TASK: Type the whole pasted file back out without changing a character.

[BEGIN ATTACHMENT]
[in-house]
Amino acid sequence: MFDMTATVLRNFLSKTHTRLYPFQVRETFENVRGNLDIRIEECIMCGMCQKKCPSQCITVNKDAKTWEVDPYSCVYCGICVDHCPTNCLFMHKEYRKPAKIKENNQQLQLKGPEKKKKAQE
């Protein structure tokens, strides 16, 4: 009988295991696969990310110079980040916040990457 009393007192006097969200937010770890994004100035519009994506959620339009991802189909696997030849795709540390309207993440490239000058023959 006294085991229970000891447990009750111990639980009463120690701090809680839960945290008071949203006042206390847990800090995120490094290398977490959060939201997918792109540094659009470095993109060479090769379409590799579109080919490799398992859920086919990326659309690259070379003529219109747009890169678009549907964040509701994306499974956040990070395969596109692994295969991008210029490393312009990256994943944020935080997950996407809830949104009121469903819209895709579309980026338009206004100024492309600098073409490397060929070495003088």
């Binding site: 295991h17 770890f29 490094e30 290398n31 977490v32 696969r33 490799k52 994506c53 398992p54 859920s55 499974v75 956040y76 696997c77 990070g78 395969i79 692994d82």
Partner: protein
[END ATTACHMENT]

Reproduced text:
[in-house]
Amino acid sequence: MFDMTATVLRNFLSKTHTRLYPFQVRETFENVRGNLDIRIEECIMCGMCQKKCPSQCITVNKDAKTWEVDPYSCVYCGICVDHCPTNCLFMHKEYRKPAKIKENNQQLQLKGPEKKKKAQE
């Protein structure tokens, strides 16, 4: 009988295991696969990310110079980040916040990457 009393007192006097969200937010770890994004100035519009994506959620339009991802189909696997030849795709540390309207993440490239000058023959 006294085991229970000891447990009750111990639980009463120690701090809680839960945290008071949203006042206390847990800090995120490094290398977490959060939201997918792109540094659009470095993109060479090769379409590799579109080919490799398992859920086919990326659309690259070379003529219109747009890169678009549907964040509701994306499974956040990070395969596109692994295969991008210029490393312009990256994943944020935080997950996407809830949104009121469903819209895709579309980026338009206004100024492309600098073409490397060929070495003088």
């Binding site: 295991h17 770890f29 490094e30 290398n31 977490v32 696969r33 490799k52 994506c53 398992p54 859920s55 499974v75 956040y76 696997c77 990070g78 395969i79 692994d82």
Partner: protein